Object Oriented Programming

There are different programming paradigms. The kind you are likely familiar with is procedural programming. Python is capable, and even shines with procedural programming. However, Python has an Object-oriented programming paradigm that can help create maintainable and reusable code.

What are objects?

Objects are way for you to define an abstraction of a data type that can be reused. Objects can be thought of as physical objects that contain a set of properties. Those properties can be adjusted through various functions that are applied to that object type (those are called methods). A class is the template that each object is based on. This is really abstract and doesn’t make sense without some solid examples. So let’s jump into an example.

Structures as objects.

Let’s look at defining some basic classes to help with structural analysis.

Below I have defined a basic Node class. A node is a place where a structural element (or memeber) begins and ends. In Python we use the keyword class to define a class name. The name of the class is Node, and it is based on the object class.

The other thing we need is to define the “constructor” method. This is just a function that is called when we make an object based on the Node class. To define a node we need an x and a y coordinate. The keyword self is a reference to the object that the Node class creates. We then say that the object takes x and defines it as an attribute of the object itself. The same occurs with y.

class Node(object):
    def __init__(self, x, y):
        self.x = x
        self.y = y

So what does that get us? Well now we can define Node objects in Python and extract back the data we entered. Below I will define two nodes called n1 and n2.

n1 = Node(0, 0)
n2 = Node(1, 0)

Let’s try and get both of the nodal coordinates from the objects.

print(n1.x, n1.y)
print(n2.x, n2.y)
0 0
1 0

This is great because the nodal coordinates are encapsulated within the namespace of the object. That is, we can easily reference the x and y coordinates of both nodes without having to define an array and remember indicies or define unique names for the attributes of the node object.

Well, now that we have two nodes, we might as well connect them! We will now define a Member class. This time instead of taking in a list of coordinate pairs, we will take a start node (SN) and end node (EN) to create the member.

class Member(object):
    def __init__(self, SN, EN):
        self.SN = SN
        self.EN = EN

Now, we’ll use the Member class to create a member that connects nodes 1 and 2.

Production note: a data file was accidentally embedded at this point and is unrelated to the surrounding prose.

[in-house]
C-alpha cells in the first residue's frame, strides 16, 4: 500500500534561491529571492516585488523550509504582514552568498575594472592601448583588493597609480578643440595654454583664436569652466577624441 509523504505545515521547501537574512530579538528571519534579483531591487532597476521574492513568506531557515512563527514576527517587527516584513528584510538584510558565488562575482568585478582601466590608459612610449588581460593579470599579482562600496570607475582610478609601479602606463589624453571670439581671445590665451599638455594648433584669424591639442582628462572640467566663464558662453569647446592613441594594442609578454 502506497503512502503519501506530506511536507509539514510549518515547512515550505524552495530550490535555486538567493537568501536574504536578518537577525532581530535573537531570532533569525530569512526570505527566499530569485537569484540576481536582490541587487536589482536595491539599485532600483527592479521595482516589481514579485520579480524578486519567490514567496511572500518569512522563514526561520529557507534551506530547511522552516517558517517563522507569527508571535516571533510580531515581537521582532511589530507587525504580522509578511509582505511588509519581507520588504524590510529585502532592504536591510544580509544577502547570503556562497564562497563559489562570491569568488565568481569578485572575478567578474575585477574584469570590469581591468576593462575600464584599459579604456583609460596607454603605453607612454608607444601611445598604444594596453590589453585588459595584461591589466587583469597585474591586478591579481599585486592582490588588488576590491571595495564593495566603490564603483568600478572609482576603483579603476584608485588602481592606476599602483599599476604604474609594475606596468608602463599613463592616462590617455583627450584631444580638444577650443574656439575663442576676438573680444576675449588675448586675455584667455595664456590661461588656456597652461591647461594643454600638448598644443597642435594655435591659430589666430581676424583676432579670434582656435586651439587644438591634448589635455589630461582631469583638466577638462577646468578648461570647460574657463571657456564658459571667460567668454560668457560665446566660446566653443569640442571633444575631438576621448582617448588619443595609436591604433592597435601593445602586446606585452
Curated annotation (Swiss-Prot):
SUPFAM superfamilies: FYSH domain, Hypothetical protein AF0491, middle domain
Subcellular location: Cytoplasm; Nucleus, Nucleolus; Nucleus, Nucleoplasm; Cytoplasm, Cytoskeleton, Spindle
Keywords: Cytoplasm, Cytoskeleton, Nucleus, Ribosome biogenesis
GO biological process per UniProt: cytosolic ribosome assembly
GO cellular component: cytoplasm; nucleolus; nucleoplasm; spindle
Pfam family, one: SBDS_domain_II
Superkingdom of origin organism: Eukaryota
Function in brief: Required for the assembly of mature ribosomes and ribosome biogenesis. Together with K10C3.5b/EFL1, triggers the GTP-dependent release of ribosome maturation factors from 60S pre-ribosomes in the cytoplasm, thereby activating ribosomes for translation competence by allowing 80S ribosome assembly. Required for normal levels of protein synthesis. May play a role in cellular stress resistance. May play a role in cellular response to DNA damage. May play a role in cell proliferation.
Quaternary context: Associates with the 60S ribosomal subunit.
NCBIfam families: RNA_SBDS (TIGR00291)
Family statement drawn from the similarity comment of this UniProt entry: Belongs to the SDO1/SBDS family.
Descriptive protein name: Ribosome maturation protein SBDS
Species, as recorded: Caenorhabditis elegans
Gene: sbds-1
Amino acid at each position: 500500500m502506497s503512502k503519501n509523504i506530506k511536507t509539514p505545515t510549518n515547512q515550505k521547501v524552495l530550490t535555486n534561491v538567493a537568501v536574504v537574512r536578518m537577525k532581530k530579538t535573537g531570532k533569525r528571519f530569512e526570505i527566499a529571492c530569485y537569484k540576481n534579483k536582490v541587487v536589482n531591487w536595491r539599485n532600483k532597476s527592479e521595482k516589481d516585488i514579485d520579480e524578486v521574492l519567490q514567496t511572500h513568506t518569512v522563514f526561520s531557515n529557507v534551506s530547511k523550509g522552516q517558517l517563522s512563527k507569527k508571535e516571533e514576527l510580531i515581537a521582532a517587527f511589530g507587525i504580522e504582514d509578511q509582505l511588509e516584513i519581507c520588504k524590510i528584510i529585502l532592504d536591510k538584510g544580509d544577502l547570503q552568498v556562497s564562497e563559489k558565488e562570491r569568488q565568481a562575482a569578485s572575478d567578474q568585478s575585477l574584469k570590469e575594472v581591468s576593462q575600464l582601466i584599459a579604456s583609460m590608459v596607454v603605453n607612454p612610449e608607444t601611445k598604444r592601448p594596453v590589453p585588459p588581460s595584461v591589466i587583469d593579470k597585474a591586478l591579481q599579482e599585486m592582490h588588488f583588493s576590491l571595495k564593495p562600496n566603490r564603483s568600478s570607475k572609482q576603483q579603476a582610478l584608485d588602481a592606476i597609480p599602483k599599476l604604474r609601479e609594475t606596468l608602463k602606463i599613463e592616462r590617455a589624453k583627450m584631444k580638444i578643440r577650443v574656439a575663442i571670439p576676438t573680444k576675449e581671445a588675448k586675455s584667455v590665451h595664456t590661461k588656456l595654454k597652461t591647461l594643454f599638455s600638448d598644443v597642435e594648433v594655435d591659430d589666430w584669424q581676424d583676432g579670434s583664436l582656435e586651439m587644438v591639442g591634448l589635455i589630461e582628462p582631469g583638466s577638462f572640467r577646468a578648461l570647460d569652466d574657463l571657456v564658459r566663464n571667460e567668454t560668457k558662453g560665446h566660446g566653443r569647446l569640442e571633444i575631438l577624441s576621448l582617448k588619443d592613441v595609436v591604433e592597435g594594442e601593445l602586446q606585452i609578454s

m1 = Member(n1, n2)

Let’s echo the coordinates of the members start node and end node:

print(f"({m1.SN.x},{m1.SN.y}) --> ({m1.EN.x},{m1.EN.y})")
(0,0) --> (1,0)

As you can see, the object-oriented approach here provides a very natural way of grouping data that very nicely builds on the things that we have already defined. There are no namespace issues, and we’re not accidentally overriding variables. But what else can this get us?

Let’s take the Member class we defined and define a method, and wrap it in a @property decorator. A method is simply a function that operates on the objects own set of data. It can take in inputs, and must include the object itself. It then returns some output. By using the proprety decorator, we allow the length to be a dynamic property of the Member attributes. If we ever update a start node, then length automatically updates.

import numpy as np
class Member(object):
    def __init__(self, SN, EN):
        self.SN = SN
        self.EN = EN
    
    @property
    def length(self):
        dx = self.EN.x - self.SN.x
        dy = self.EN.y - self.SN.y
        L = np.sqrt(dx**2 + dy**2)
        return L

Now let’s define member 1 based on the updated Member class and take a look at the new attribute length we have access to.

m1 = Member(n1, n2)
m1.length
1.0

Now, whenever we need to use member 1 for any mathematical operations, we have access to its base attributes, but we also have access to its derived attributes, which can be really convenient for building up more complex programs.

Conclusion

This has been a pretty quick look at what object-oriented programming can do for structural analysis. This particular use is what convinced me to learn it and help me understand why it is important. The classes I have defined here are relatively simple, but they can easily scale. For instance, each node could have an associated nodal cost. Each member could have its own cross section (and each cross section type have their own attributes and derived attributes), and element stiffness. These could all be then built into a Structure class.